I love royal history, but some writers manage to make it tremendously boring. The first book I read about Queen Victoria was such a snore that I’ve been a bit prejudiced against Victoria and her family ever since. Even though I know better, I automatically expect books about them to be dull, dull, dull.
But The Last Princess by Matthew Dennison proves that a good writer can make any topic — even Queen Victoria and her long decades of gloom-soaked mourning for her husband, Prince Albert — interesting. The book’s subject, Victoria’s daughter Beatrice, led a very uneventful life, but the book wasn’t easy to put down.
The narrative moves along at a quick pace and stays closely focused on Princess Beatrice. It starts in April of 1857, with Queen Victoria going into labor with Beatrice, her final child (hence the book’s title), and proceeds in mostly chronological order until Beatrice’s death in October 1944.
Chapters center around specific topics, such as Princess Beatrice’s rheumatism (which was aggravated by her mother’s insistence on cold, wet carriage rides) and her engagement (which her mother opposed).
It’s hard to read this book without saying, “Poor Beatrice.” The princess had a quiet life, but not an easy one. Dennison describes how the widowed Queen’s “epic, titanic” (and selfish) grief for Prince Albert transformed Beatrice from a lively, spoiled child into a nervous, self-effacing woman who served as her mother’s full-time companion. “Constant unhappiness was simply a fact of life,” the author says.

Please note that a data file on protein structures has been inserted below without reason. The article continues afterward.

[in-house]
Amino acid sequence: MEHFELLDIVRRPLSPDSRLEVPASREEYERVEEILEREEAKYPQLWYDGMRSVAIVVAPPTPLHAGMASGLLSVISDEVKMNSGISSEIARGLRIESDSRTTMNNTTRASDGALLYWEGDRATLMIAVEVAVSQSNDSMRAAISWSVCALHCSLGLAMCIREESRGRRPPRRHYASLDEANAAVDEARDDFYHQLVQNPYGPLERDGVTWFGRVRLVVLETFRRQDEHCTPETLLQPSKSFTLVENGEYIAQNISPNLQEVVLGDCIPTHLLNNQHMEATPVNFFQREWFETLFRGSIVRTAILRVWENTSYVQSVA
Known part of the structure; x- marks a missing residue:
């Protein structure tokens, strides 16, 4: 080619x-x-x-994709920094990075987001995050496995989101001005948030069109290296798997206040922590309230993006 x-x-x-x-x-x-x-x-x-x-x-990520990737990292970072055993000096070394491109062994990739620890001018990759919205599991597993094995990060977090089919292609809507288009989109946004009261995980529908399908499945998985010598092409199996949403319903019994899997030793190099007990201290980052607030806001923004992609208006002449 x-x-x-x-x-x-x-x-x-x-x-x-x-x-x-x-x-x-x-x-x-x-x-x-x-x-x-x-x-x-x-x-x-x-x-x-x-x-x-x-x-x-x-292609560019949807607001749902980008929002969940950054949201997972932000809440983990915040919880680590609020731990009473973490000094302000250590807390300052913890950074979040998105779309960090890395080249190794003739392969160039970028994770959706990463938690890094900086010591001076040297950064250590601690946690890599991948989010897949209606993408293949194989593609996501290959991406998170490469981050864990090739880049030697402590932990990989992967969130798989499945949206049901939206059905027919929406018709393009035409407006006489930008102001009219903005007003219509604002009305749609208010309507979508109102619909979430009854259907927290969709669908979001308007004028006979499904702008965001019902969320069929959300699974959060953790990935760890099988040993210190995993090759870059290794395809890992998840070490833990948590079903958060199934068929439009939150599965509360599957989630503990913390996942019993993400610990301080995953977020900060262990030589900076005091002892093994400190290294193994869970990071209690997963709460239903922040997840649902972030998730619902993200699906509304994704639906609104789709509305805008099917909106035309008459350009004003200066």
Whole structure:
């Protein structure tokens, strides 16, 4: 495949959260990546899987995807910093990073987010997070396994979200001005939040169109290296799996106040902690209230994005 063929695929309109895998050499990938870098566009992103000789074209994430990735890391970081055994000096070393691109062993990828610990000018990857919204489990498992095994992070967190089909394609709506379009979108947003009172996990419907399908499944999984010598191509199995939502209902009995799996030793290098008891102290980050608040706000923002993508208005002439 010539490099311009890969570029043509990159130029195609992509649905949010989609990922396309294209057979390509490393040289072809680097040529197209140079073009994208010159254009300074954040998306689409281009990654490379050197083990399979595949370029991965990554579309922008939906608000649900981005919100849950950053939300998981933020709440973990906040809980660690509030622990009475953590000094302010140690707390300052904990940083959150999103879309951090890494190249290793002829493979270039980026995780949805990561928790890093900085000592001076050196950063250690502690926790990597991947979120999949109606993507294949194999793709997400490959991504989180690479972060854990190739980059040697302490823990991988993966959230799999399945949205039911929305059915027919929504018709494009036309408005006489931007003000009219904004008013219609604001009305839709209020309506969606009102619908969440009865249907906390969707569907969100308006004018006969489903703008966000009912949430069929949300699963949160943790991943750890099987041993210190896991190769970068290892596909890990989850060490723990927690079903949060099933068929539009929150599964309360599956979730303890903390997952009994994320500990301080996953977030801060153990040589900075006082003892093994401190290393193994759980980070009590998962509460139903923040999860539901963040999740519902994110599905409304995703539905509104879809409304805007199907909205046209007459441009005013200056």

So determined was Queen Victoria to keep Beatrice at her side that she prevented the princess from making friends. She even tried to stop people from discussing the topic of marriage in front of Beatrice! Nonetheless, Beatrice eventually fell in love and became engaged to Prince Henry of Battenberg.
The Queen’s reaction took the form of silence. Beatrice’s eldest son, the Marquess of Carisbrooke, told biographer David Duff that for seven months, from May to November 1884, mother and daughter continued to live side by side without the Queen addressing a single word to Beatrice.
To gain the Queen’s approval, Beatrice and Prince Henry had to agree to live with the Queen after their marriage. In addition, Beatrice’s husband had to give up his military career. Victoria was happy with this arrangement, and Beatrice seems not to have complained.
After her husband’s early death, Beatrice remained at her mother’s side to the detriment of her relationships with her own children. Queen Victoria died in 1901, and Beatrice spent the next 30 years dutifully editing and rewriting her mother’s journals. She endured tragedies in her personal life and, unlike her mother, overcame them. She seems to have been a calm and kind-hearted woman. Even though her son-in-law, the king of Spain, absurdly blamed her for his son’s hemophilia and “never spoke to Beatrice again,” the author says Beatrice “remained loyal” to him.
“The Last Princess” is a worthwhile book about a worthwhile subject. Even if you share my anti-Victoria prejudice, you’ll probably enjoy this biography. I did.